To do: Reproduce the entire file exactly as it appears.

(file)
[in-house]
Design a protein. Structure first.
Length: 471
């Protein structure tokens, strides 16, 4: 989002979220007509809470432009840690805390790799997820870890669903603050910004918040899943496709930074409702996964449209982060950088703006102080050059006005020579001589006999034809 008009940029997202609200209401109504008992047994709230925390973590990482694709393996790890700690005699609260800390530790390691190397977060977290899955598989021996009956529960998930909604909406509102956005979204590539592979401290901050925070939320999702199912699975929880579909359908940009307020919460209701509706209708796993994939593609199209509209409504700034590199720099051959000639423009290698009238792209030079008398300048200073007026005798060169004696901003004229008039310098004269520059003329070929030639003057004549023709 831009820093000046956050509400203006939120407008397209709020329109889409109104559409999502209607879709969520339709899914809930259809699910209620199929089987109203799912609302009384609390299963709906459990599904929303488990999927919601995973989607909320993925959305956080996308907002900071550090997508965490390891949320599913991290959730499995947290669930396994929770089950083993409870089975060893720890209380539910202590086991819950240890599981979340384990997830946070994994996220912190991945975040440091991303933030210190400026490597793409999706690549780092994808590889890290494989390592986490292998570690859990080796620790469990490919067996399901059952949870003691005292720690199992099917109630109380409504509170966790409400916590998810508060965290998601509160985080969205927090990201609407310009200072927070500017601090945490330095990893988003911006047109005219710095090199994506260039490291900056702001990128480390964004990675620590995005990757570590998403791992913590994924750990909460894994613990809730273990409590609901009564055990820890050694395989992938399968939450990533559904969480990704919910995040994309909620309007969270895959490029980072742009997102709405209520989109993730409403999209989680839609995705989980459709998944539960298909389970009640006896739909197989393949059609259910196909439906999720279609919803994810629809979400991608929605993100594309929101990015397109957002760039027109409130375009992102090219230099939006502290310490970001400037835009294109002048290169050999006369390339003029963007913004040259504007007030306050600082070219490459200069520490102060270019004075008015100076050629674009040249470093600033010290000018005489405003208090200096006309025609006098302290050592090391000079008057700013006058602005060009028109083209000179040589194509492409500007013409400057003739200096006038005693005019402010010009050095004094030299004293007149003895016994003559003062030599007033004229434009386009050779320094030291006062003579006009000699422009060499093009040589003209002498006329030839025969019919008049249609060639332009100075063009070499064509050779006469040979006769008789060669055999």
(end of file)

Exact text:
[in-house]
Design a protein. Structure first.
Length: 471
């Protein structure tokens, strides 16, 4: 989002979220007509809470432009840690805390790799997820870890669903603050910004918040899943496709930074409702996964449209982060950088703006102080050059006005020579001589006999034809 008009940029997202609200209401109504008992047994709230925390973590990482694709393996790890700690005699609260800390530790390691190397977060977290899955598989021996009956529960998930909604909406509102956005979204590539592979401290901050925070939320999702199912699975929880579909359908940009307020919460209701509706209708796993994939593609199209509209409504700034590199720099051959000639423009290698009238792209030079008398300048200073007026005798060169004696901003004229008039310098004269520059003329070929030639003057004549023709 831009820093000046956050509400203006939120407008397209709020329109889409109104559409999502209607879709969520339709899914809930259809699910209620199929089987109203799912609302009384609390299963709906459990599904929303488990999927919601995973989607909320993925959305956080996308907002900071550090997508965490390891949320599913991290959730499995947290669930396994929770089950083993409870089975060893720890209380539910202590086991819950240890599981979340384990997830946070994994996220912190991945975040440091991303933030210190400026490597793409999706690549780092994808590889890290494989390592986490292998570690859990080796620790469990490919067996399901059952949870003691005292720690199992099917109630109380409504509170966790409400916590998810508060965290998601509160985080969205927090990201609407310009200072927070500017601090945490330095990893988003911006047109005219710095090199994506260039490291900056702001990128480390964004990675620590995005990757570590998403791992913590994924750990909460894994613990809730273990409590609901009564055990820890050694395989992938399968939450990533559904969480990704919910995040994309909620309007969270895959490029980072742009997102709405209520989109993730409403999209989680839609995705989980459709998944539960298909389970009640006896739909197989393949059609259910196909439906999720279609919803994810629809979400991608929605993100594309929101990015397109957002760039027109409130375009992102090219230099939006502290310490970001400037835009294109002048290169050999006369390339003029963007913004040259504007007030306050600082070219490459200069520490102060270019004075008015100076050629674009040249470093600033010290000018005489405003208090200096006309025609006098302290050592090391000079008057700013006058602005060009028109083209000179040589194509492409500007013409400057003739200096006038005693005019402010010009050095004094030299004293007149003895016994003559003062030599007033004229434009386009050779320094030291006062003579006009000699422009060499093009040589003209002498006329030839025969019919008049249609060639332009100075063009070499064509050779006469040979006769008789060669055999």